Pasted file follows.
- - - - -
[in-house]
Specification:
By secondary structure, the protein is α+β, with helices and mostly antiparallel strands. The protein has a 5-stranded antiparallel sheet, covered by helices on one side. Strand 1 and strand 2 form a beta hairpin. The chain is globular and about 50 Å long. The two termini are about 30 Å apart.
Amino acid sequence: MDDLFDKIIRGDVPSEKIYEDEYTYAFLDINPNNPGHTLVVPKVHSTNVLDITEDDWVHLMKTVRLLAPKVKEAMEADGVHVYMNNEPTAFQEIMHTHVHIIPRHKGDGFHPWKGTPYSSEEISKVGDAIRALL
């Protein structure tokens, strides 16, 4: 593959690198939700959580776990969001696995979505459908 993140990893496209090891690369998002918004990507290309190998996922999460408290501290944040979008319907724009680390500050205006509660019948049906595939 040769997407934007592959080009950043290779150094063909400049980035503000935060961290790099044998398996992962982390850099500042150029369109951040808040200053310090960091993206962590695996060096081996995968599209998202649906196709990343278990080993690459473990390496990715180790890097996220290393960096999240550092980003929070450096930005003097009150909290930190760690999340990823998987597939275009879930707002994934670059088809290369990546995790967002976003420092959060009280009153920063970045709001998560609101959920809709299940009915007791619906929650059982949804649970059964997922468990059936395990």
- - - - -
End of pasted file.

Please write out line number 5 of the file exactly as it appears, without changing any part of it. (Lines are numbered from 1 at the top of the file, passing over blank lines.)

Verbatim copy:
């Protein structure tokens, strides 16, 4: 593959690198939700959580776990969001696995979505459908 993140990893496209090891690369998002918004990507290309190998996922999460408290501290944040979008319907724009680390500050205006509660019948049906595939 040769997407934007592959080009950043290779150094063909400049980035503000935060961290790099044998398996992962982390850099500042150029369109951040808040200053310090960091993206962590695996060096081996995968599209998202649906196709990343278990080993690459473990390496990715180790890097996220290393960096999240550092980003929070450096930005003097009150909290930190760690999340990823998987597939275009879930707002994934670059088809290369990546995790967002976003420092959060009280009153920063970045709001998560609101959920809709299940009915007791619906929650059982949804649970059964997922468990059936395990």